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Morality Plays
Save My Game
by Stephen Radney-MacFarland

Dungeons & Dragons, like most action-adventure games, lives within a bubble of its own moral axioms. The game assumes that characters are tracking down evil monsters and putting them to the sword, or blasting them with a spell and then taking their stuff. It’s a reality far different from our own.

At the same time, murder and theft are still wrong. A key assumption of the game is that monsters have it coming. That’s why they have evil alignments. You don’t ransack the innkeeper’s quarters, kill the stablehand who mouthed off to you, and scrape the gold leaf off the walls in the local temple of Pelor. Even in a campaign with mostly evil characters, such things aren't daily occurrences.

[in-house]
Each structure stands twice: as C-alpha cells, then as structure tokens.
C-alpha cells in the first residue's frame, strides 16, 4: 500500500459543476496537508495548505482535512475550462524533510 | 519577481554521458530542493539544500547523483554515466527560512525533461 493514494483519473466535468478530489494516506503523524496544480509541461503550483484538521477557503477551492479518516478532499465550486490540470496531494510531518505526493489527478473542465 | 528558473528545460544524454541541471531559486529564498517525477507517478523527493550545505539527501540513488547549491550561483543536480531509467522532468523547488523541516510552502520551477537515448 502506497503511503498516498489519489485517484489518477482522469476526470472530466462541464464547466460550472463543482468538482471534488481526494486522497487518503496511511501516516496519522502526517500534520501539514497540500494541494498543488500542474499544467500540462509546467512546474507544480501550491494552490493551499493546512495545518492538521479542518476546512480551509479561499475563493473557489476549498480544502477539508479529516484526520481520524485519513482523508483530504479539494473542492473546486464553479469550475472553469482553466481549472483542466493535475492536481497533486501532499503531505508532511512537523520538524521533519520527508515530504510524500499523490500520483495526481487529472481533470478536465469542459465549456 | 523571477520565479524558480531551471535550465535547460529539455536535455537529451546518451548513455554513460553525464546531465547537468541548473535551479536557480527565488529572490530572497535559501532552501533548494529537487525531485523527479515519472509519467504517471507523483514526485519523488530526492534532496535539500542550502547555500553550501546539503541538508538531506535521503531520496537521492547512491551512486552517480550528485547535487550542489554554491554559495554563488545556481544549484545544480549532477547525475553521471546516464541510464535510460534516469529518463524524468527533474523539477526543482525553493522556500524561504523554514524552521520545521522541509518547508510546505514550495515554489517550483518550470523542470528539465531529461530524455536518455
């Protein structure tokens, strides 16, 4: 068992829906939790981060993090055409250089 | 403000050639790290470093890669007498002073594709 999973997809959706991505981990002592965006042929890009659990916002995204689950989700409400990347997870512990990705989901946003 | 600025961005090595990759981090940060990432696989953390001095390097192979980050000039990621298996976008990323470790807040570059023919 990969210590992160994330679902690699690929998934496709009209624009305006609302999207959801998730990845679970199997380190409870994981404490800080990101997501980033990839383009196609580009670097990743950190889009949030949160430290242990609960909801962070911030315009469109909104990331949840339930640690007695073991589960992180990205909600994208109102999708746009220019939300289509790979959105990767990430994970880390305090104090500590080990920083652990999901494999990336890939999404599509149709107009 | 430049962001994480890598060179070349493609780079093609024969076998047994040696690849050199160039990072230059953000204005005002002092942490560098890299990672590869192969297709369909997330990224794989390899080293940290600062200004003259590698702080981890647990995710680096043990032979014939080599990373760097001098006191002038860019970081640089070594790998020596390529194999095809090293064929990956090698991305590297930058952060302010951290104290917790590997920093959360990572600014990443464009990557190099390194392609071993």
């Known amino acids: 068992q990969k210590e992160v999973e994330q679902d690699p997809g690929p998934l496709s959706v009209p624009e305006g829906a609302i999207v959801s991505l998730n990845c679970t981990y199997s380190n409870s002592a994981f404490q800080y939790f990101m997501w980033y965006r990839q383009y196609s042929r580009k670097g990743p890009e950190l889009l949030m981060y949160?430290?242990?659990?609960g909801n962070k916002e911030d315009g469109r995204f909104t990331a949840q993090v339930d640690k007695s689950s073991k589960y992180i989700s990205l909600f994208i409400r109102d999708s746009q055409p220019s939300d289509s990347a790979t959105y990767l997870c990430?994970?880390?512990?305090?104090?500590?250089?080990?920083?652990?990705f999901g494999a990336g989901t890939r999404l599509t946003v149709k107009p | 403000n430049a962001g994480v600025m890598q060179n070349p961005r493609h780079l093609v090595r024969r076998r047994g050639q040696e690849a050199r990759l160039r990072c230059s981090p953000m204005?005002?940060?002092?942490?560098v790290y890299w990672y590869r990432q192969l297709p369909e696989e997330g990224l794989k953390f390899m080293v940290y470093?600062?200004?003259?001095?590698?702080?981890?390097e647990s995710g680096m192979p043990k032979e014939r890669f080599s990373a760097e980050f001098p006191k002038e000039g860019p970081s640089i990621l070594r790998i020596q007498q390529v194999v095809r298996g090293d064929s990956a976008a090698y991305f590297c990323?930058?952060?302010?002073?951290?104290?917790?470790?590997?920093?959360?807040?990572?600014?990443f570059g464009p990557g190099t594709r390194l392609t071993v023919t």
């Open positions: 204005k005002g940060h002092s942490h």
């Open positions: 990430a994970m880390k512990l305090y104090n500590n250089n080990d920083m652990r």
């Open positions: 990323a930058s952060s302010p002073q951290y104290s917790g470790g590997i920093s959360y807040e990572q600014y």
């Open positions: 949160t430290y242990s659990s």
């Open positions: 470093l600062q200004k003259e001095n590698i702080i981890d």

Eventually, every DM looks for a new way to engage players. Presenting them with tough moral choices is great way to do that.

(315 kb PDF)

About the Author

Stephen Radney-MacFarland is a game designer living large in the Seattle area. He was a developer for D&D 4th Edition, a content developer for 3rd Edition organized play, and he has taught game design for the past three years. Stephen currently works at Paizo Publishing as a designer for the Pathfinder Roleplaying Game, writes "Save My Game," and works on the occasional D&D product. He also runs more games than his wife would prefer.

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